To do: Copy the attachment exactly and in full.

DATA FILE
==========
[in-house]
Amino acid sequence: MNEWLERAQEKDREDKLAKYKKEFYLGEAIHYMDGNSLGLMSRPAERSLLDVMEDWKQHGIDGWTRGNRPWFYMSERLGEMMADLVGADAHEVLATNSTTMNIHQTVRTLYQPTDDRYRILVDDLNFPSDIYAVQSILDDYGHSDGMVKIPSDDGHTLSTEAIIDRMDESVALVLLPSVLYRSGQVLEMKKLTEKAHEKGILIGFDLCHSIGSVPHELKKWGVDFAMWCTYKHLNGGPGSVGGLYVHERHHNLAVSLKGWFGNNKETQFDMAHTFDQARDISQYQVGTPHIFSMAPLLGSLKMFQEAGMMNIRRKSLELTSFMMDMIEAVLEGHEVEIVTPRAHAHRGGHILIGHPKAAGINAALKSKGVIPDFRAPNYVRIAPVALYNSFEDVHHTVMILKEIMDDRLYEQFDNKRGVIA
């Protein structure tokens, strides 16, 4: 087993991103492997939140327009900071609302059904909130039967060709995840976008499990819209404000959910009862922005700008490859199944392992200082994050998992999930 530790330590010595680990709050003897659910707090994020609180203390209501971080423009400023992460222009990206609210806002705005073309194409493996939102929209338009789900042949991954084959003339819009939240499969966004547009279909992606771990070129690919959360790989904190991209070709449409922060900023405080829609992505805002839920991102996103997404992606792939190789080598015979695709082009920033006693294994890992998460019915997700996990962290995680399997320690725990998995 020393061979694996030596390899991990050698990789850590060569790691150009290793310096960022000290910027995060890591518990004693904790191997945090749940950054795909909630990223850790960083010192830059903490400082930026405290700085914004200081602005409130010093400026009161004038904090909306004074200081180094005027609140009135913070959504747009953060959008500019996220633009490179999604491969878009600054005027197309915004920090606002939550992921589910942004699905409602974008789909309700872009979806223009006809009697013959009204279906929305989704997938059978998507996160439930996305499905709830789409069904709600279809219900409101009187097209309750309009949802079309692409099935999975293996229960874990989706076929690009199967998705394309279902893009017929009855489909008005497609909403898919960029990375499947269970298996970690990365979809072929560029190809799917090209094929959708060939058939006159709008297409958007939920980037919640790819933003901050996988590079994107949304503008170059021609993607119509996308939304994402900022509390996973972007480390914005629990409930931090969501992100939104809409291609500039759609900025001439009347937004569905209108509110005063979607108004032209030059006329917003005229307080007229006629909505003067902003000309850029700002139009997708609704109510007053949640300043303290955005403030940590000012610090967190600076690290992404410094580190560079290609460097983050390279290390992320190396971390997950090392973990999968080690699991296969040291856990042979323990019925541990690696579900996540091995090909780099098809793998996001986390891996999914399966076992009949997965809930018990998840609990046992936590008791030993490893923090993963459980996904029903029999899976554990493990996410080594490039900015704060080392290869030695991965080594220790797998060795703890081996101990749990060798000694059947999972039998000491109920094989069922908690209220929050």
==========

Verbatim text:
[in-house]
Amino acid sequence: MNEWLERAQEKDREDKLAKYKKEFYLGEAIHYMDGNSLGLMSRPAERSLLDVMEDWKQHGIDGWTRGNRPWFYMSERLGEMMADLVGADAHEVLATNSTTMNIHQTVRTLYQPTDDRYRILVDDLNFPSDIYAVQSILDDYGHSDGMVKIPSDDGHTLSTEAIIDRMDESVALVLLPSVLYRSGQVLEMKKLTEKAHEKGILIGFDLCHSIGSVPHELKKWGVDFAMWCTYKHLNGGPGSVGGLYVHERHHNLAVSLKGWFGNNKETQFDMAHTFDQARDISQYQVGTPHIFSMAPLLGSLKMFQEAGMMNIRRKSLELTSFMMDMIEAVLEGHEVEIVTPRAHAHRGGHILIGHPKAAGINAALKSKGVIPDFRAPNYVRIAPVALYNSFEDVHHTVMILKEIMDDRLYEQFDNKRGVIA
């Protein structure tokens, strides 16, 4: 087993991103492997939140327009900071609302059904909130039967060709995840976008499990819209404000959910009862922005700008490859199944392992200082994050998992999930 530790330590010595680990709050003897659910707090994020609180203390209501971080423009400023992460222009990206609210806002705005073309194409493996939102929209338009789900042949991954084959003339819009939240499969966004547009279909992606771990070129690919959360790989904190991209070709449409922060900023405080829609992505805002839920991102996103997404992606792939190789080598015979695709082009920033006693294994890992998460019915997700996990962290995680399997320690725990998995 020393061979694996030596390899991990050698990789850590060569790691150009290793310096960022000290910027995060890591518990004693904790191997945090749940950054795909909630990223850790960083010192830059903490400082930026405290700085914004200081602005409130010093400026009161004038904090909306004074200081180094005027609140009135913070959504747009953060959008500019996220633009490179999604491969878009600054005027197309915004920090606002939550992921589910942004699905409602974008789909309700872009979806223009006809009697013959009204279906929305989704997938059978998507996160439930996305499905709830789409069904709600279809219900409101009187097209309750309009949802079309692409099935999975293996229960874990989706076929690009199967998705394309279902893009017929009855489909008005497609909403898919960029990375499947269970298996970690990365979809072929560029190809799917090209094929959708060939058939006159709008297409958007939920980037919640790819933003901050996988590079994107949304503008170059021609993607119509996308939304994402900022509390996973972007480390914005629990409930931090969501992100939104809409291609500039759609900025001439009347937004569905209108509110005063979607108004032209030059006329917003005229307080007229006629909505003067902003000309850029700002139009997708609704109510007053949640300043303290955005403030940590000012610090967190600076690290992404410094580190560079290609460097983050390279290390992320190396971390997950090392973990999968080690699991296969040291856990042979323990019925541990690696579900996540091995090909780099098809793998996001986390891996999914399966076992009949997965809930018990998840609990046992936590008791030993490893923090993963459980996904029903029999899976554990493990996410080594490039900015704060080392290869030695991965080594220790797998060795703890081996101990749990060798000694059947999972039998000491109920094989069922908690209220929050």